Author Identifiers

Kathryn McMahon

https://orcid.org/0000-0003-4355-6247

Collection Type

Dataset

Upload Date

2019

School or Research Centre

School of Science / Centre for Marine Ecosystems Research

Publisher

Dryad

Description

Mangrove forests are among the world’s most important ecosystems but are declining rapidly worldwide. Effective conservation management requires a better understanding of the patterns and drivers of gene flow across a range of spatial scales.

Despite the capacity for long distance propagule dispersal, field studies suggest that mangrove propagules tend not to disperse far from the release point, which has important implications for the impact of habitat discontinuities on gene flow. We use a comprehensive seascape genomics approach to investigate this concept in the world’s most widely distributed mangrove species, Avicennia marina.

Location 21 sites along 2400 km of Western Australian coastline Methods We used 6,162 neutral SNP loci and a hierarchical sampling design to investigate patterns of gene flow and structuring among 21 populations of A. marina. We combined this data with GIS spatial analyses in a regression model to test the relative influence of habitat continuity and geographic distance on patterns of genetic differentiation.

We found a complex pattern of gene flow; broadscale isolation-by-distance, disrupted by strong genetic discontinuities that coincided with gaps in mangrove distribution. These genetic discontinuities formed seven discrete subpopulations with negligible evidence for recent migration among them. The regression model combining marine geographic distance and habitat continuity as explanatory variables best fit the data, explaining 86% of the total genetic variation.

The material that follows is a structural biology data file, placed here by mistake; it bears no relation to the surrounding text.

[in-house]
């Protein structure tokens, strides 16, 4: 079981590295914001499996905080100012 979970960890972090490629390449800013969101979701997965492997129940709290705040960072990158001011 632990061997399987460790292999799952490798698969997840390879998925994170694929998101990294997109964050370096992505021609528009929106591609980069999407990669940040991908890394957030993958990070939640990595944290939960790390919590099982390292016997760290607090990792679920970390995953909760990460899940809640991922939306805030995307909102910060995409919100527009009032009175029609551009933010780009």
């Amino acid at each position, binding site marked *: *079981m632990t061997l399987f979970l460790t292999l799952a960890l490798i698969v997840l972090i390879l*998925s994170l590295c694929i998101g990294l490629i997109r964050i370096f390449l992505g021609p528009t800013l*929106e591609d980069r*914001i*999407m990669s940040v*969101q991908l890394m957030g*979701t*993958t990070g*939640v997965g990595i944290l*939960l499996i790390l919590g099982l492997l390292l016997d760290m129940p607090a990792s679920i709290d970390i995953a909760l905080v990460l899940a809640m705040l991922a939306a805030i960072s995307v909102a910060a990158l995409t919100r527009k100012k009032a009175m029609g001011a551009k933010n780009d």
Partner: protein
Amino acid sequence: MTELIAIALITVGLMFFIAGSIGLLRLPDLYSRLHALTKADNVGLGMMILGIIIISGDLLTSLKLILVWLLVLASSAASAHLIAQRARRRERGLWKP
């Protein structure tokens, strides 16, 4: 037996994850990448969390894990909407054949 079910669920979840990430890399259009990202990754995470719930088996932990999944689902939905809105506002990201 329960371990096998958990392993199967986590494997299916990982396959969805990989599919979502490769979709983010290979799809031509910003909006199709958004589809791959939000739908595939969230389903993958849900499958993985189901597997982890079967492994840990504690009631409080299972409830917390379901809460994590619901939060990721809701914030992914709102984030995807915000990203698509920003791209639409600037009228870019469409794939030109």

Our results validate previous assertions that propagule dispersal in A. marina is spatially limited and demonstrate that significant gaps in mangrove distribution present strong barriers to stepping-stone gene flow in this species. This reiterates that dispersive life history features cannot be assumed to lead to widespread connectivity and demonstrates that effective management of these important ecosystem builders should prioritise restoring habitat continuity and minimising further fragmentation.

Additional Information

This dataset was originally published at:

https://doi.org/10.5061/dryad.cr0c8c7

DOI

10.5061/dryad.cr0c8c7

Language

Eng

File Format(s)

Text Document

File Size

1,318 KB

Viewing Instructions

AM_structurefile

SNP genotype data for Avicennia marina in STRUCTURE format.

Creative Commons License

Creative Commons License
This work is licensed under a Creative Commons Public Domain Dedication 1.0 License.

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